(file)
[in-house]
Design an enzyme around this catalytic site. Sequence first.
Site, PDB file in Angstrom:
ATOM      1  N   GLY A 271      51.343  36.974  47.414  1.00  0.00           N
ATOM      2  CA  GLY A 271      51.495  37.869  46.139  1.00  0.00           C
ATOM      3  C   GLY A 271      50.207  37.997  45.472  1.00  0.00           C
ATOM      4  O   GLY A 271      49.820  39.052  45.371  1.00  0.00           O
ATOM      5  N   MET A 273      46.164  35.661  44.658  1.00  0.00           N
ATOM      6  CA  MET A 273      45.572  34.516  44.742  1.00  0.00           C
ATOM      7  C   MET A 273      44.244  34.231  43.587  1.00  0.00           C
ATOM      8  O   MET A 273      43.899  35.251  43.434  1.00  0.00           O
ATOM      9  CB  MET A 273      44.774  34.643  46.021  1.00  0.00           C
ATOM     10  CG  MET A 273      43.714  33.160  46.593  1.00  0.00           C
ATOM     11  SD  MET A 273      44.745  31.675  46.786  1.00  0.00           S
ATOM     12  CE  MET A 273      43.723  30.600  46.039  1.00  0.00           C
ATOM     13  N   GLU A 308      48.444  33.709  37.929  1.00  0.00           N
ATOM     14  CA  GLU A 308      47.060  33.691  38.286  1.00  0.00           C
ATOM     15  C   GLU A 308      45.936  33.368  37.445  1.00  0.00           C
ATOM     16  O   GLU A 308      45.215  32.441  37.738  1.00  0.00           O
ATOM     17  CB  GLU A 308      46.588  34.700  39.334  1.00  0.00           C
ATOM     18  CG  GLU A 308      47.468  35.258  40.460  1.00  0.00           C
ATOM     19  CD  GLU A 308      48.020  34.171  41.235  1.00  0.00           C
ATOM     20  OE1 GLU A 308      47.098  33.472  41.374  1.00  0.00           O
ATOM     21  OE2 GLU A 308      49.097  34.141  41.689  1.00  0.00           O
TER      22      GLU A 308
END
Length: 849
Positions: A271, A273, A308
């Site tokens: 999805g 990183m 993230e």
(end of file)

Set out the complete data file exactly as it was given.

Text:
[in-house]
Design an enzyme around this catalytic site. Sequence first.
Site, PDB file in Angstrom:
ATOM      1  N   GLY A 271      51.343  36.974  47.414  1.00  0.00           N
ATOM      2  CA  GLY A 271      51.495  37.869  46.139  1.00  0.00           C
ATOM      3  C   GLY A 271      50.207  37.997  45.472  1.00  0.00           C
ATOM      4  O   GLY A 271      49.820  39.052  45.371  1.00  0.00           O
ATOM      5  N   MET A 273      46.164  35.661  44.658  1.00  0.00           N
ATOM      6  CA  MET A 273      45.572  34.516  44.742  1.00  0.00           C
ATOM      7  C   MET A 273      44.244  34.231  43.587  1.00  0.00           C
ATOM      8  O   MET A 273      43.899  35.251  43.434  1.00  0.00           O
ATOM      9  CB  MET A 273      44.774  34.643  46.021  1.00  0.00           C
ATOM     10  CG  MET A 273      43.714  33.160  46.593  1.00  0.00           C
ATOM     11  SD  MET A 273      44.745  31.675  46.786  1.00  0.00           S
ATOM     12  CE  MET A 273      43.723  30.600  46.039  1.00  0.00           C
ATOM     13  N   GLU A 308      48.444  33.709  37.929  1.00  0.00           N
ATOM     14  CA  GLU A 308      47.060  33.691  38.286  1.00  0.00           C
ATOM     15  C   GLU A 308      45.936  33.368  37.445  1.00  0.00           C
ATOM     16  O   GLU A 308      45.215  32.441  37.738  1.00  0.00           O
ATOM     17  CB  GLU A 308      46.588  34.700  39.334  1.00  0.00           C
ATOM     18  CG  GLU A 308      47.468  35.258  40.460  1.00  0.00           C
ATOM     19  CD  GLU A 308      48.020  34.171  41.235  1.00  0.00           C
ATOM     20  OE1 GLU A 308      47.098  33.472  41.374  1.00  0.00           O
ATOM     21  OE2 GLU A 308      49.097  34.141  41.689  1.00  0.00           O
TER      22      GLU A 308
END
Length: 849
Positions: A271, A273, A308
């Site tokens: 999805g 990183m 993230e």